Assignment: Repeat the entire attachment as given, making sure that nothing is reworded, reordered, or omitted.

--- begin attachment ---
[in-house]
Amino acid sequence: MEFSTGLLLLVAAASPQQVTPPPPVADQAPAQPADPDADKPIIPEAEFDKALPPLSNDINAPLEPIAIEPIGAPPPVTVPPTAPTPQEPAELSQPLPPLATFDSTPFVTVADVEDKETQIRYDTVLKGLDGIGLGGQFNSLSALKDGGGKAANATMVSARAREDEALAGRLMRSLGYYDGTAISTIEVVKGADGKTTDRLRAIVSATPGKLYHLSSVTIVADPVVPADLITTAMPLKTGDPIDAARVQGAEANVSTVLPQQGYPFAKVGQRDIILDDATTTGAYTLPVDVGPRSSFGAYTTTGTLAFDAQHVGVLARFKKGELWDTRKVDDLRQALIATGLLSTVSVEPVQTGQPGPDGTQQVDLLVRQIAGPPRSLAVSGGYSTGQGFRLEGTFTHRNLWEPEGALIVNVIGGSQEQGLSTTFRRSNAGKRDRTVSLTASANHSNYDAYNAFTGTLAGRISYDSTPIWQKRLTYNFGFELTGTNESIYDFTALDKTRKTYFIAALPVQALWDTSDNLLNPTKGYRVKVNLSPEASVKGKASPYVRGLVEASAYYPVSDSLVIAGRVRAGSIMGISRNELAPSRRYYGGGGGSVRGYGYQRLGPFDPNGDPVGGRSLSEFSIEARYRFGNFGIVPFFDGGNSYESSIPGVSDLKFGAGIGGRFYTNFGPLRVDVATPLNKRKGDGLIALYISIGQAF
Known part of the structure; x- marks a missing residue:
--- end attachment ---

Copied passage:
[in-house]
Amino acid sequence: MEFSTGLLLLVAAASPQQVTPPPPVADQAPAQPADPDADKPIIPEAEFDKALPPLSNDINAPLEPIAIEPIGAPPPVTVPPTAPTPQEPAELSQPLPPLATFDSTPFVTVADVEDKETQIRYDTVLKGLDGIGLGGQFNSLSALKDGGGKAANATMVSARAREDEALAGRLMRSLGYYDGTAISTIEVVKGADGKTTDRLRAIVSATPGKLYHLSSVTIVADPVVPADLITTAMPLKTGDPIDAARVQGAEANVSTVLPQQGYPFAKVGQRDIILDDATTTGAYTLPVDVGPRSSFGAYTTTGTLAFDAQHVGVLARFKKGELWDTRKVDDLRQALIATGLLSTVSVEPVQTGQPGPDGTQQVDLLVRQIAGPPRSLAVSGGYSTGQGFRLEGTFTHRNLWEPEGALIVNVIGGSQEQGLSTTFRRSNAGKRDRTVSLTASANHSNYDAYNAFTGTLAGRISYDSTPIWQKRLTYNFGFELTGTNESIYDFTALDKTRKTYFIAALPVQALWDTSDNLLNPTKGYRVKVNLSPEASVKGKASPYVRGLVEASAYYPVSDSLVIAGRVRAGSIMGISRNELAPSRRYYGGGGGSVRGYGYQRLGPFDPNGDPVGGRSLSEFSIEARYRFGNFGIVPFFDGGNSYESSIPGVSDLKFGAGIGGRFYTNFGPLRVDVATPLNKRKGDGLIALYISIGQAF
Known part of the structure; x- marks a missing residue: